8) We have to consider self-regulation. When I was updating Dash and Dot before school on Thursday morning, I saw all of the flashing lights, bright colours, and loud noises, and I wondered, what will the impact be on self-regulation? While Thursday was a great day of discovery, many of our students seemed very up-regulated all day long, regardless of what we tried to do. Why? We wondered if the robots may be responsible. On Friday, we decided to just bring them out during one block of time. We also kept the robots in the louder areas of the classroom: allowing for the quiet areas to still be quiet. Dash and Dot still caused a lot of excitement during this block of time, but didn’t impact in the same way on self-regulation as they did the day before. Maybe some time and space restrictions matter when it comes to these robots.

This upcoming week is the Hour of Code. Dash and Dot will definitely be an important part of our Hour of Code explorations. I’m excited to see what else we learn from coding in Kindergarten. What has coding taught you? What has the impact been on your program? From a parent perspective, what value do you see coding having for your child? I’d love to hear your thoughts, as I continue to consider coding, thinking, and learning.


8 thoughts on “Dash and Dot: What I Learned From Two Little Robots

  1. A very thoughtful and reflective blog. I have always found coding very authentic. You gave wonderful examples of teaching directional language and collaboration. It often seems you encounter areas that you didn’t think of before. Coding also has thinking embedded in its practice. You also made an excellent point about curriculum. Our lessons have to tie to it obviously. You mentioned something very important: we often narrow the focus too quickly trying to squeeze out curriculum. Sometimes you have to see where things will go by allowing learning to unfold. Then, we connect the dots looking back. If something doesn’t end up the way we hope, oh well. That’s modelling learning for our kids. It requires a leap of faith. And coding requires that leap of faith. You have given me much to think about regarding coding in the primary grades.

    • Thanks for your comment, Enzo! I’m always so impressed with how you use coding in the older grades, and I’ve only really experienced using it in the younger grades (beyond my experiences with a Coding Club). I think that there are some overlapping similarities, and also, some differences. My big a-ha was that I was trying to push curriculum too quickly, and I needed to slow down and let kids play. I also didn’t really consider the impact on self-regulation, and based on some student needs, I definitely had to make some changes because of this. Coding is certainly a learning experience, and regardless of the age of the students, it’s great that we can learn together! I’m excited to see what this week brings.


      • I give you a lot of credit for going back to it. You could have abandoned coding after earlier attempts since I knew you were on the fence before. I have yet to try it in primary. But perhaps we were trying to force it. We just have to have fun with it. Exposure to coding is key. Slow down and let them play. Coding has a part in education. I don’t want to be labelled as the coding guy. I do other things. I just want a certain amount of exposure and I am glad you are providing that.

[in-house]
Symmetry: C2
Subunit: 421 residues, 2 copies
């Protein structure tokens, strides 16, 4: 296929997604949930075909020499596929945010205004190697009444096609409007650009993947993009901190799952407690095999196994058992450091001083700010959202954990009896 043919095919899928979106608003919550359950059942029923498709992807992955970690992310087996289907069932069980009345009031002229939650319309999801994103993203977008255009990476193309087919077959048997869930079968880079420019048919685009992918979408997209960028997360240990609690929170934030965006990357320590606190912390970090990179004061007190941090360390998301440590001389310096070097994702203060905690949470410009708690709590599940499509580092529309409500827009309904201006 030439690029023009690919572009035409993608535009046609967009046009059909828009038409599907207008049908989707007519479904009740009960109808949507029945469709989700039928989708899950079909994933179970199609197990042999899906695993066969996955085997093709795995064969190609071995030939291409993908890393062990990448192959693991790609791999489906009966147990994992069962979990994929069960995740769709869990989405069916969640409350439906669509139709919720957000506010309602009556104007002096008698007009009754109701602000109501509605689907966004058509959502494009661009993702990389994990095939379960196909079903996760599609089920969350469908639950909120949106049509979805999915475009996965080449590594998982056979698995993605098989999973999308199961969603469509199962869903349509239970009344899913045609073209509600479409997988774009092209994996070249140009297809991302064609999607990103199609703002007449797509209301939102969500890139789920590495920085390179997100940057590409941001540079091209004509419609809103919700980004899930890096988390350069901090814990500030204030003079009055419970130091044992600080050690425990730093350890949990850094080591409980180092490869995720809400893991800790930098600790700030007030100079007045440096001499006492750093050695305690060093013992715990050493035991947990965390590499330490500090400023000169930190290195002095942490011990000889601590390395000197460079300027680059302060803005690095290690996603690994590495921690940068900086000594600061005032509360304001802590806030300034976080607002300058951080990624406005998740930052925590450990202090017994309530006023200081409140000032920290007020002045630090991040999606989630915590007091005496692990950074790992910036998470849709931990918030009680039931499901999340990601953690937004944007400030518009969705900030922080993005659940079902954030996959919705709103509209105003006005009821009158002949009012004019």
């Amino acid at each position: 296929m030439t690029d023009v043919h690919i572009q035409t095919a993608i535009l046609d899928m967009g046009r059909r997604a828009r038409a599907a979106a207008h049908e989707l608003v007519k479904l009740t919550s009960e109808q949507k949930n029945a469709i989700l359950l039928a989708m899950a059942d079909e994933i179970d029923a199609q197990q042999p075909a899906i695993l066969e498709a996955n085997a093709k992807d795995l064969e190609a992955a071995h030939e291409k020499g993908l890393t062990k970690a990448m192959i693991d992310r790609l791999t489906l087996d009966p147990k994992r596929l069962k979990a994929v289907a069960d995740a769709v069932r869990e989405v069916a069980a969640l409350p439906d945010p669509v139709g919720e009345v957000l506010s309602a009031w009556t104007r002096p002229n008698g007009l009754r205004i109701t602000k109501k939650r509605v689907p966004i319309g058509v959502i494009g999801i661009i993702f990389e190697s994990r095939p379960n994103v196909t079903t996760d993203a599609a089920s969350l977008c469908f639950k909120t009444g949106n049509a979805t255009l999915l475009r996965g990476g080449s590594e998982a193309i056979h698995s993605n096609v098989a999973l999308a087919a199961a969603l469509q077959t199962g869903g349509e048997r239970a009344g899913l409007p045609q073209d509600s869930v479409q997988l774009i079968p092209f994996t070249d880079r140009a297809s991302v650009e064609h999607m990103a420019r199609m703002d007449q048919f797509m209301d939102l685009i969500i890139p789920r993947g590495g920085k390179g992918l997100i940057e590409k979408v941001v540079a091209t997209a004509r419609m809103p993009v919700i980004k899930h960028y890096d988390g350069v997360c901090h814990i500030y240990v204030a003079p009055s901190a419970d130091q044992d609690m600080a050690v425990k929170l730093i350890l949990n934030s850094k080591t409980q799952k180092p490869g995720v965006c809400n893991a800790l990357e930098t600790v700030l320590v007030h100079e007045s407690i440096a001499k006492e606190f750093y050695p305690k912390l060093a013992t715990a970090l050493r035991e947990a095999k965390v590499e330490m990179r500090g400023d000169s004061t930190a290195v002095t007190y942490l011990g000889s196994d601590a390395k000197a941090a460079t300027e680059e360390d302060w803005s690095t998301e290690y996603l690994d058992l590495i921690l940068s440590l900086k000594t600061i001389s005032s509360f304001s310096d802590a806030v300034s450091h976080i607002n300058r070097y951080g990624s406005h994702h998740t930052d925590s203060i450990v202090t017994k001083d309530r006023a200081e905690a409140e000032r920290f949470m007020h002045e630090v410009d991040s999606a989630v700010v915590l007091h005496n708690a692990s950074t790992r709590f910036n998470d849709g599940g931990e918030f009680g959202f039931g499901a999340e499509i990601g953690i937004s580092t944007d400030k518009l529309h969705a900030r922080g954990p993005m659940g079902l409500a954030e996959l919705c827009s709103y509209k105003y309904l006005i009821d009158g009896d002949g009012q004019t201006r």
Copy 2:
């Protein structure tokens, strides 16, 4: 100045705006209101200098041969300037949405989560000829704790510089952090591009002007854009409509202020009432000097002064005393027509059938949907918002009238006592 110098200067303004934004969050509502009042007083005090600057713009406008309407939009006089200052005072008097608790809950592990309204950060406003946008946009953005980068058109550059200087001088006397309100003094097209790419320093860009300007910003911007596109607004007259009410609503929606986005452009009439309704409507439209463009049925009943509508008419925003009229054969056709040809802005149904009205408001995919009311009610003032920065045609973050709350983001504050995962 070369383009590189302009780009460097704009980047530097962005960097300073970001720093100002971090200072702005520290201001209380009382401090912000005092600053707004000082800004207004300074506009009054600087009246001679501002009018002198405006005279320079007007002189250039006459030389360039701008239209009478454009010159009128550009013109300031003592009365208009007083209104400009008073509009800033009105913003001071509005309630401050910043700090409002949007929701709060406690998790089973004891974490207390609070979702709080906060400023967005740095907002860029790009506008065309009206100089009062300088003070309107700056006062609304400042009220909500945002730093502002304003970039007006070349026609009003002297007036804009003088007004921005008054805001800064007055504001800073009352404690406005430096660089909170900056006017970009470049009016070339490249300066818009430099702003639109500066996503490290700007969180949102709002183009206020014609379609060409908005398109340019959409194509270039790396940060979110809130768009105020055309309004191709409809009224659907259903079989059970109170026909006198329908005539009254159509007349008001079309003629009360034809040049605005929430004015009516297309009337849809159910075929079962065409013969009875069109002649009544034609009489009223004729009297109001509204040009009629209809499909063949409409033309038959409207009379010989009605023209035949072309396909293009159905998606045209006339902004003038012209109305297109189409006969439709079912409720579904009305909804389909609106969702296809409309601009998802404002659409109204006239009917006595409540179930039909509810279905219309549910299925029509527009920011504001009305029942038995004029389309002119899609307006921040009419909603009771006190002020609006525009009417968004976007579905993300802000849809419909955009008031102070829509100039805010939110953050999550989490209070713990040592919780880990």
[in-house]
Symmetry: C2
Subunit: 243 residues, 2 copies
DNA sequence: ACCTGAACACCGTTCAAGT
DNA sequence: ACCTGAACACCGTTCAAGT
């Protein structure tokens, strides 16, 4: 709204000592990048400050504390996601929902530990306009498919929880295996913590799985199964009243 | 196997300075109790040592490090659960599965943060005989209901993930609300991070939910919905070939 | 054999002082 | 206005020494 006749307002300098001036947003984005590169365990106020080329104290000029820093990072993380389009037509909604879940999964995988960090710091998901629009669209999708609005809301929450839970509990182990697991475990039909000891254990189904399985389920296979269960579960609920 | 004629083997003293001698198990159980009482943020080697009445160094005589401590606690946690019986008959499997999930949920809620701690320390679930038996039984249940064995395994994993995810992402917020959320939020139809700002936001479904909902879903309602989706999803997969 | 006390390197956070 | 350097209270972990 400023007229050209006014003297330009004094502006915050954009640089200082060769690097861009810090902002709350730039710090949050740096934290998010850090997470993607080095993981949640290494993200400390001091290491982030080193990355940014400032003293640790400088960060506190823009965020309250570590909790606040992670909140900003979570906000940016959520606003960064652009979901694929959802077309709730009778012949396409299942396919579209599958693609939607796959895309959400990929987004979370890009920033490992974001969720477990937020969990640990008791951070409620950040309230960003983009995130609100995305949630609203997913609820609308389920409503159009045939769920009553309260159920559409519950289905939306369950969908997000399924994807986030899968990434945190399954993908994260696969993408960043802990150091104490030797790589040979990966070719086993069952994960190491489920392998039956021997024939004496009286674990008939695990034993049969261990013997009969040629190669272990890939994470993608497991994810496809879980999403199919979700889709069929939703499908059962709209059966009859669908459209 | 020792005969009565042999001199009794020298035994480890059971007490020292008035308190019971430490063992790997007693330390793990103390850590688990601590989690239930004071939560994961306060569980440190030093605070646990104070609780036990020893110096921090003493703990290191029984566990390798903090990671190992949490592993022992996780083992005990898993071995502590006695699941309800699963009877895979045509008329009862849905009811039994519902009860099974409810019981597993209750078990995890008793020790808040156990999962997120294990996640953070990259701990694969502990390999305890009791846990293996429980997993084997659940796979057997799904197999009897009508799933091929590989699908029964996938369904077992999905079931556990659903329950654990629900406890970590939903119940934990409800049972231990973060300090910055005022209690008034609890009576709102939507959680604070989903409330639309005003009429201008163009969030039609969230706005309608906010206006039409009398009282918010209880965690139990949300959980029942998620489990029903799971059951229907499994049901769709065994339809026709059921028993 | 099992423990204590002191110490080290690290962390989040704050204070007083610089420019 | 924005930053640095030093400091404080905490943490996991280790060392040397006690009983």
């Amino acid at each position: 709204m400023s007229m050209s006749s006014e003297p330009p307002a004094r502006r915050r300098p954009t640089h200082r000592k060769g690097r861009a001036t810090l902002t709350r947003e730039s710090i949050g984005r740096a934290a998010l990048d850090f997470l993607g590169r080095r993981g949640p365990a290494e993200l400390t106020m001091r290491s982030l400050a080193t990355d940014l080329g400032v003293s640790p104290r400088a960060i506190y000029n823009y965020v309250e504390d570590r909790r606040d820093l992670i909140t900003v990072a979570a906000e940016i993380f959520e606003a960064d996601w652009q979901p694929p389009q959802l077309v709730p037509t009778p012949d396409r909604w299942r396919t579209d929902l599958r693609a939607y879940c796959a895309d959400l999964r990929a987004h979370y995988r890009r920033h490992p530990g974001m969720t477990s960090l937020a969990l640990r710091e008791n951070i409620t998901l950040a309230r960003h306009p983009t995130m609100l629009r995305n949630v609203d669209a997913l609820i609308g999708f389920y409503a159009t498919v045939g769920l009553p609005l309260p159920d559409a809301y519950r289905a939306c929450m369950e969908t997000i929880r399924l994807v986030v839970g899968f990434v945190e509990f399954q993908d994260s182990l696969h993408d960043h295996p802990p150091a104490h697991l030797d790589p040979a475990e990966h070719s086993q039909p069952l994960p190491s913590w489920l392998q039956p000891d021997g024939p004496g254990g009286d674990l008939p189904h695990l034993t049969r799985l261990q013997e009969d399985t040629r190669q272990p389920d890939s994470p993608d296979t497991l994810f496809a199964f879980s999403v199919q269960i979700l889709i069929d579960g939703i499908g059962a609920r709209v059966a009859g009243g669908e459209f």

• Thanks Enzo! I think that there’s value in this exposure, especially as I do see coding as being very beneficial for developing thinking skills. It’s almost like a language in itself — requiring both reading and writing. So maybe coding can naturally align with academic expectations, if we do just give the time for this to happen. I’ll keep working on that! 🙂


  2. Thanks, Aviva! a handful of us in our building have just applied to a robotics p.d. opportunity with the board, and one is one of our amazing kindergarten teachers (I’m thinking I have to put the two of you together). I’m forwarding this to her, so we can really start to think about how kindergarten and coding and robotics fit together. I’m about to start my coding club on Sphero, and expect I’ll be looking at some of the same challenges/adventures.

    • Thanks for your comment, Lisa! This robotics PD sounds very interesting. I love that both a French and Kindergarten teacher have signed up for it, and I’m curious to hear about what both of you do with your new learning. I’d love to connect with your Kindergarten teacher as well. Coding, like everything else, I think comes with its own successes and challenges. What we need to do is look closely at the challenges and figure out how to make changes. I hope that your Coding Club enjoys Sphero!


  3. This is perfect!! I am the k teacher Lisa referred to. We are about to start some explorations with beebots!! This is very helpful! I may need to contact you with some questions!

    • Thanks Nancy! I’m glad that you found this helpful. I’d love to know how you use Beebots, and how the experience goes. I know some other teachers on Twitter that use Beebots, so if you ever want to connect, just tweet me (@avivaloca), and I’m happy to connect you.